Houston Symphony 100th Birthday Celebration at Miller Outdoor Theatre  on June 21, 2013
Photo by Chinh Phan

This centennial season has flown by and, for all the amazing concerts of this past year- our televised centennial at Miller Theatre, Renée Fleming on opening night, Yo-Yo Ma and John Williams, Mahler’s Symphony of a Thousand, and so many more- there is no concert that better demonstrates the special teamwork between musicians, management and board than the one that wasn’t planned at all. When weather grounded Linda Eder, canceling our Valentine’s Day concert and leaving hundreds of disappointed fans with no plans for Valentine’s night, our management worked overtime to put together and advertise a last minute, free concert of Vivaldi’s The Four Seasons. To pull it off, musicians had to agree to rehearse and perform on the spur of the moment, some voluntarily returning from their scheduled leave. John Rydman of Spec’s quickly and generously agreed to cover the additional costs, and with less than 24 hours notice, management scrambled to try to get the word out about the free concert. We went onstage that night not knowing whether to expect 20 or 200 people in the audience. Instead,  amazingly,  the hall was packed-  families with their children, young couples on Valentine’s dates, Linda Eder fans, people who had never been to Jones Hall before and some of our symphony regulars as well- all joined together for a moment of  great music on a night that otherwise would have been a disappointment and a dark hall.  It was not the most prestigious concert I’ve played with the Houston Symphony, but it was my proudest moment as a member of this organization.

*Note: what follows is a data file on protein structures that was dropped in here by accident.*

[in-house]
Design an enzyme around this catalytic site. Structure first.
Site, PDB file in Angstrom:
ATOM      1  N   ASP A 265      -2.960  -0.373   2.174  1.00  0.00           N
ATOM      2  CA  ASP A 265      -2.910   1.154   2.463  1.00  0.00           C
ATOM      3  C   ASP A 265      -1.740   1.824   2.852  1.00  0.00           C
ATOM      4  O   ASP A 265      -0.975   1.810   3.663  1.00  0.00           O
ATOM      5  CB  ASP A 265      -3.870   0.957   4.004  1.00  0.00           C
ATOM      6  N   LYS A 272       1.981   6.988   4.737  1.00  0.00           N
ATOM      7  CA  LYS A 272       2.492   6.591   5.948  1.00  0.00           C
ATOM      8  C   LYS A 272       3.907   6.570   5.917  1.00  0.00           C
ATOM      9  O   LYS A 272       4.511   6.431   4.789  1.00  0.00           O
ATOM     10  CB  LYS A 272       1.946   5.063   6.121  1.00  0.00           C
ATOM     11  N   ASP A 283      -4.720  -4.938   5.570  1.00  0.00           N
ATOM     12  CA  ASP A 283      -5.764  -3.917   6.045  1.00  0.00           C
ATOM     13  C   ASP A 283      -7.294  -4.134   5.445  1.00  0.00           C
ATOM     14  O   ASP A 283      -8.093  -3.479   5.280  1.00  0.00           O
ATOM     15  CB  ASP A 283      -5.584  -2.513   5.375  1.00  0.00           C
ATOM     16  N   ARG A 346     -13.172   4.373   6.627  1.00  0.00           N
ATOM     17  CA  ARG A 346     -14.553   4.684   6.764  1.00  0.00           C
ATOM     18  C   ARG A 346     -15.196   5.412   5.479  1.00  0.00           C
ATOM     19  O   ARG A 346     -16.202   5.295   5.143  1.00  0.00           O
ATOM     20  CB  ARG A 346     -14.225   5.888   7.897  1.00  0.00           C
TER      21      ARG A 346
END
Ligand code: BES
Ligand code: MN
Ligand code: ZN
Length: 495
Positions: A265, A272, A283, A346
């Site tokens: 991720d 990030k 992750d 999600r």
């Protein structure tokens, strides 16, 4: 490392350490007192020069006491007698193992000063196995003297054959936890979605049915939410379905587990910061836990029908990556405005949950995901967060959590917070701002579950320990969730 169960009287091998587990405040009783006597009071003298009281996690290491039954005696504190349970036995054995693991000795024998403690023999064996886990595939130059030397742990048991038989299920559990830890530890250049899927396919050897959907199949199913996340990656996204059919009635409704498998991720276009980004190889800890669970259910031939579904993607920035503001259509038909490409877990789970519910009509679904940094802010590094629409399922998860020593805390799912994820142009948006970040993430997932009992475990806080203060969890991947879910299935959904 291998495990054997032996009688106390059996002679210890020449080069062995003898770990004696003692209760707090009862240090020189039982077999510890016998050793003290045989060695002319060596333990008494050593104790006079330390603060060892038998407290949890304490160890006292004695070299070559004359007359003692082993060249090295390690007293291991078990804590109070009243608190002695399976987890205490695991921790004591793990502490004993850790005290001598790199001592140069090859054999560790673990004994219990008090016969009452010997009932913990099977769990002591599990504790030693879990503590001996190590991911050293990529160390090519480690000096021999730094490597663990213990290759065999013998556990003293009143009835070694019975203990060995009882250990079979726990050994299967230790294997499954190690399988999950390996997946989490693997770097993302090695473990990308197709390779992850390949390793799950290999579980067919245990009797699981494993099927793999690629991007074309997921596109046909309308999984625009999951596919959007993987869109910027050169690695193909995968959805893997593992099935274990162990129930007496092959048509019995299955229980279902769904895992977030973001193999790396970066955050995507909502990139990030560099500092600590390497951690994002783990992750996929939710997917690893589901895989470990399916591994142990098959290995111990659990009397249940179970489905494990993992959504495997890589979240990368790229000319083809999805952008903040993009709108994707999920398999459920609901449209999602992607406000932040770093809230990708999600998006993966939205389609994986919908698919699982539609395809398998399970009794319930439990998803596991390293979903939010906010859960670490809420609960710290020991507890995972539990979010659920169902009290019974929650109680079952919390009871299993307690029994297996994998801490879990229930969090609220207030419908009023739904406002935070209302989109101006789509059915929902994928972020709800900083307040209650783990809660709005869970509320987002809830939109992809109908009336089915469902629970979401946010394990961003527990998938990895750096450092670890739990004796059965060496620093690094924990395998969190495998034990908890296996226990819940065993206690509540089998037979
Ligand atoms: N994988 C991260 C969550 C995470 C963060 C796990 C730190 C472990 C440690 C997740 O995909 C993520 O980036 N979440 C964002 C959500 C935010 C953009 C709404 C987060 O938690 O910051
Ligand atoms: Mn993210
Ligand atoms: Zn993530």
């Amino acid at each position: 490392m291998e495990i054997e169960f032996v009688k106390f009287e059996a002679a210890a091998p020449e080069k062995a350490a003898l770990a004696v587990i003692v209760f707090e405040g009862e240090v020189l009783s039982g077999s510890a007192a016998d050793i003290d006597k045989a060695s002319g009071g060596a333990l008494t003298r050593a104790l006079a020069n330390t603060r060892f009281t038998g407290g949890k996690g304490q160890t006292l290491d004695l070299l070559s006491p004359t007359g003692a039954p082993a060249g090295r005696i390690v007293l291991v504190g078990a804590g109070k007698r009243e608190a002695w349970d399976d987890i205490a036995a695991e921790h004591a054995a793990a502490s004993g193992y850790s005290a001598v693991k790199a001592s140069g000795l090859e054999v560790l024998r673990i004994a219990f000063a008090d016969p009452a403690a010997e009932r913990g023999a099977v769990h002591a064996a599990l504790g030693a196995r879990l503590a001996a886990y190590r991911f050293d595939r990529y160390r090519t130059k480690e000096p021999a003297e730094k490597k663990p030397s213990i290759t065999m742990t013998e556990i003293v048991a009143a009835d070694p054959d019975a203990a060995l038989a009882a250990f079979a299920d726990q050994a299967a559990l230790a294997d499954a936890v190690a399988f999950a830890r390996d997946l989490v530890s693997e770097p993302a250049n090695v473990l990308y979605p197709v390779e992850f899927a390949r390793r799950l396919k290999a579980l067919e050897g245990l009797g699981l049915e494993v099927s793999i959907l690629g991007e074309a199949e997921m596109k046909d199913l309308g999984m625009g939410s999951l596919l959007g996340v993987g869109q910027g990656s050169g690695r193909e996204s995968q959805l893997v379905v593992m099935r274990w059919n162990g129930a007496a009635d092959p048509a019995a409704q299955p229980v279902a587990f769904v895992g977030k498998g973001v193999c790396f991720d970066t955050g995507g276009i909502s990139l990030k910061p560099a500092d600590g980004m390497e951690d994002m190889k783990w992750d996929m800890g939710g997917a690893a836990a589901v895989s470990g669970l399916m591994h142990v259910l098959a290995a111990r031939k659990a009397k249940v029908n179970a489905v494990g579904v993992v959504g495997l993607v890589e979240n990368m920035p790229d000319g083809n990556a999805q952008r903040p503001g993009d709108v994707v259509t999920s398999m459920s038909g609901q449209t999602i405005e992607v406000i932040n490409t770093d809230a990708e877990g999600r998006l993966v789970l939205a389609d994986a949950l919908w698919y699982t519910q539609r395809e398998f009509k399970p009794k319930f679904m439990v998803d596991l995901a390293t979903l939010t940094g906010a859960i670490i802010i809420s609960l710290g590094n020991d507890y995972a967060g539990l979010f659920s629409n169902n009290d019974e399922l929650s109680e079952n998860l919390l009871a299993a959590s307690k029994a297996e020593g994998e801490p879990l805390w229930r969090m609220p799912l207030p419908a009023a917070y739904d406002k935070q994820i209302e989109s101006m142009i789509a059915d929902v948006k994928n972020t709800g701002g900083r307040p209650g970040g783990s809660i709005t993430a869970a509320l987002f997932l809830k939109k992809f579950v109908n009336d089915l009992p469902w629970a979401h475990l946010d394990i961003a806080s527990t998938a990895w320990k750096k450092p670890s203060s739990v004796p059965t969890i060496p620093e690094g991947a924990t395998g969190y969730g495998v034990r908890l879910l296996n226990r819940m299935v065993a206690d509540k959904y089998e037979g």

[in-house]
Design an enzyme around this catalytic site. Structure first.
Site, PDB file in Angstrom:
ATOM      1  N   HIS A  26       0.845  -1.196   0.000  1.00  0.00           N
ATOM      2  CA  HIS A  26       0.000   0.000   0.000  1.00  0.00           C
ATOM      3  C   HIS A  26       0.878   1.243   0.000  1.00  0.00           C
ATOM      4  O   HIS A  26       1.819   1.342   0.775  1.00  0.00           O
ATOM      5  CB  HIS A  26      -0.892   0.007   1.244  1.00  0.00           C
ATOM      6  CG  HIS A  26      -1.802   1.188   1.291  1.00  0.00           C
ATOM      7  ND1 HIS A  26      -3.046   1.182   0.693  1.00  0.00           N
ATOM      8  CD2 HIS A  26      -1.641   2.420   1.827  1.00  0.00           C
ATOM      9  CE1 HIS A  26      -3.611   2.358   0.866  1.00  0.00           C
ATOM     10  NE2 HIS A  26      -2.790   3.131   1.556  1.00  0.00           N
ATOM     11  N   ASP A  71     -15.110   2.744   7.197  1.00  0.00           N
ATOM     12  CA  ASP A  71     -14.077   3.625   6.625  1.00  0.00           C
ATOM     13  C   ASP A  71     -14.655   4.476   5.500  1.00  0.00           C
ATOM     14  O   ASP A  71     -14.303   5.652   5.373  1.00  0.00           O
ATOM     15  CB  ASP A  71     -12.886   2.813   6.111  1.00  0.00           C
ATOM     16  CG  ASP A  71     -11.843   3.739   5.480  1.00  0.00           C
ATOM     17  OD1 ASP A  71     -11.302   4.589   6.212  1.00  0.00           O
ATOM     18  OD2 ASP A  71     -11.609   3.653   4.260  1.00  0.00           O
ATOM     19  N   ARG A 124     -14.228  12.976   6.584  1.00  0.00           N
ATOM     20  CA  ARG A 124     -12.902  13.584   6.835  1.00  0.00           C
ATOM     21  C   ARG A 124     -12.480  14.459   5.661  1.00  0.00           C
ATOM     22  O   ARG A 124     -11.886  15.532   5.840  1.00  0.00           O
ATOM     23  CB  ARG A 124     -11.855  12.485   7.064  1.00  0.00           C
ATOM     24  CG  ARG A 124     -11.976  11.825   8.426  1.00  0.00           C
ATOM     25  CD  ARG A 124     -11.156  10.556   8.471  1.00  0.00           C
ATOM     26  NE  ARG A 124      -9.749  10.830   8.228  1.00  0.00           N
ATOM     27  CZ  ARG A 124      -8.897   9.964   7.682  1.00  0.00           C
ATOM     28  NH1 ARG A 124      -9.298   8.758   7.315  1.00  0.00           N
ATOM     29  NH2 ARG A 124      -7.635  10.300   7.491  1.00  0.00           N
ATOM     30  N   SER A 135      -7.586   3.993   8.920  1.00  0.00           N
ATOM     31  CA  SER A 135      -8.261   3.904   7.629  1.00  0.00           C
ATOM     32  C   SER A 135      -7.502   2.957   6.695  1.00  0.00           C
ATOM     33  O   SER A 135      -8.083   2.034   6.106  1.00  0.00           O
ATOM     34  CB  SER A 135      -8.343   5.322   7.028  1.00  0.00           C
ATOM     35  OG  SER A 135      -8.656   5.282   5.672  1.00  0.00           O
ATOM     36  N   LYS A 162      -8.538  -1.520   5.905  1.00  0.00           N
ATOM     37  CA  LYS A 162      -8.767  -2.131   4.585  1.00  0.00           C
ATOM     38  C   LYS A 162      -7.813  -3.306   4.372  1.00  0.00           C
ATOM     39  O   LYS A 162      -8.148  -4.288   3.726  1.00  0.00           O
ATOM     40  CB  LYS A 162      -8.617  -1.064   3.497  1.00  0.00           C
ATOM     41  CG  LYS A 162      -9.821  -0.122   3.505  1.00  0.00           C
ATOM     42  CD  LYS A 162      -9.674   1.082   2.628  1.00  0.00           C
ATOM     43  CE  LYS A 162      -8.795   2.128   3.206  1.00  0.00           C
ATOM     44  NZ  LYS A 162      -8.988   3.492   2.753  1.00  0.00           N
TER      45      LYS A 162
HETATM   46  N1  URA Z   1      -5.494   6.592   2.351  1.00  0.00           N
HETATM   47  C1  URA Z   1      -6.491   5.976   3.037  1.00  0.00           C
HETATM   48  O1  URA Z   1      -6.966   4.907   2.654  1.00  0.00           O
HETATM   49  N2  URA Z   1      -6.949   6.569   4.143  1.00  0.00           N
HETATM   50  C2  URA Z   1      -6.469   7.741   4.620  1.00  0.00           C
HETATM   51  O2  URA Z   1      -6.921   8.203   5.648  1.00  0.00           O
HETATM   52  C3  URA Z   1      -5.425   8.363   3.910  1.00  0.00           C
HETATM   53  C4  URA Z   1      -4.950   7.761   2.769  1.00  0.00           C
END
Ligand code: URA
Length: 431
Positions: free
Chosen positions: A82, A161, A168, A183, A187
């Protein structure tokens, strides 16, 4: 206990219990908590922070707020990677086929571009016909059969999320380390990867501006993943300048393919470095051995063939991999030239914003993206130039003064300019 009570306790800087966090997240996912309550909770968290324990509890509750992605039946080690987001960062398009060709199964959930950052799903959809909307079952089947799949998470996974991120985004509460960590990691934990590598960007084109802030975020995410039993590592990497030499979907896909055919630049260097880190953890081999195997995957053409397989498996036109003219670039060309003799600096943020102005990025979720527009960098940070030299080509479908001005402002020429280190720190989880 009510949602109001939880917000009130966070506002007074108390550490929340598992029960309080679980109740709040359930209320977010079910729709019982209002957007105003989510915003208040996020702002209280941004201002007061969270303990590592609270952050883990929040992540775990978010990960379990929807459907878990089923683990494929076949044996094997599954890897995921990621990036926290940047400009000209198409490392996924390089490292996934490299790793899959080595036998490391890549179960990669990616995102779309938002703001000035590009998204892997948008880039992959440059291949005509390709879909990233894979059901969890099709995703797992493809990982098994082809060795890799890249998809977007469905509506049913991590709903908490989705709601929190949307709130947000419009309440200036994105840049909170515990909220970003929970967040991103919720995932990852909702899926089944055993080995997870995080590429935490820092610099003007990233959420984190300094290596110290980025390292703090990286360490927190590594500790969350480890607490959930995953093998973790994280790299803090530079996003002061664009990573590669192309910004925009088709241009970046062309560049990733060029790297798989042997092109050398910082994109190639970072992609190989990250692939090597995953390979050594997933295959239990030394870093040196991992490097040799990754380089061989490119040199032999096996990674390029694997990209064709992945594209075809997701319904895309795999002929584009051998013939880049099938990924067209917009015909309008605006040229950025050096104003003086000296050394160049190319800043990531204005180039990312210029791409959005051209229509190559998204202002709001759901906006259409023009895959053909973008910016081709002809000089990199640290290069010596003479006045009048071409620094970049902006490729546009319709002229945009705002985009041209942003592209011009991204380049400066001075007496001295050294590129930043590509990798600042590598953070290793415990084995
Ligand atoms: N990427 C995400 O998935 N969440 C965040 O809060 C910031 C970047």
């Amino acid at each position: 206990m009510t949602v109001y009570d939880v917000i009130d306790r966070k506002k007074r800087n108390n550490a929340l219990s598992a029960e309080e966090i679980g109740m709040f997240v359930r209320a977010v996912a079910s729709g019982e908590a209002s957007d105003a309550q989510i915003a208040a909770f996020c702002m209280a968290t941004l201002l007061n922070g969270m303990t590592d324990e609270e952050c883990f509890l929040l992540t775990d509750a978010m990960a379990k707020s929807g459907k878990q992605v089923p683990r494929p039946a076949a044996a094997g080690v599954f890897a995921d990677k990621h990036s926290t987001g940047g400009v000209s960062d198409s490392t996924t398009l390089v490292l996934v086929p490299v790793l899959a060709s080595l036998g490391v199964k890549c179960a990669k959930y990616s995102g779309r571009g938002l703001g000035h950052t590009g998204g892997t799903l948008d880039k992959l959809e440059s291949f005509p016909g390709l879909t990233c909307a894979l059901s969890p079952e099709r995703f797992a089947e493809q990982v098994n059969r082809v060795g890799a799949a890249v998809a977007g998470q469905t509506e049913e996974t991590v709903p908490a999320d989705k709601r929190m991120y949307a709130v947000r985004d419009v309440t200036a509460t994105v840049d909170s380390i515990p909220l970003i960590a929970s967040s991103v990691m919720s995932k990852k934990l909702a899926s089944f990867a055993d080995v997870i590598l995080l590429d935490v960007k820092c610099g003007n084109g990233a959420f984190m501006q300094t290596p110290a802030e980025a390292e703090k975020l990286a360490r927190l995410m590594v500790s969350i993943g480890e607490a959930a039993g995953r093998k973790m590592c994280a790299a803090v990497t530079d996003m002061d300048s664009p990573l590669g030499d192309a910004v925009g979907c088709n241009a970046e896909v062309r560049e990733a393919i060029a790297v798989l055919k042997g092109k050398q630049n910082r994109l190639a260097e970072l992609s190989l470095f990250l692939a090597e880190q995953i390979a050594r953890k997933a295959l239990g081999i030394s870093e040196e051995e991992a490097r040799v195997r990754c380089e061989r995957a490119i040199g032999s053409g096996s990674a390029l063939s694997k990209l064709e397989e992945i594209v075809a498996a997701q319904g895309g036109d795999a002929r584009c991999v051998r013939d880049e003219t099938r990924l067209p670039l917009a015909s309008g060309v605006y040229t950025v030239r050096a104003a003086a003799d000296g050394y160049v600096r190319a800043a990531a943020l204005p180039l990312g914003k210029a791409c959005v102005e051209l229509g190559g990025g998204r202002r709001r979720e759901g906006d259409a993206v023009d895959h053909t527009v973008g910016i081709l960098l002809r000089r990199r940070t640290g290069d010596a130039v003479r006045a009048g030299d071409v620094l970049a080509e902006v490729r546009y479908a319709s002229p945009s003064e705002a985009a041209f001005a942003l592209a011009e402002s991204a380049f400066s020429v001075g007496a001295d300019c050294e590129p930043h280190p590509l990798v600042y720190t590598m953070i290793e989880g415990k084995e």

Maestro Christoph Eschenbach with Houston Symphony and Chorus after Mahler's Symphony of a Thousand Photo by Bruce Bennett

Maestro Christoph Eschenbach with Houston Symphony and Chorus after Mahler’s Symphony of a Thousand
Photo by Bruce Bennett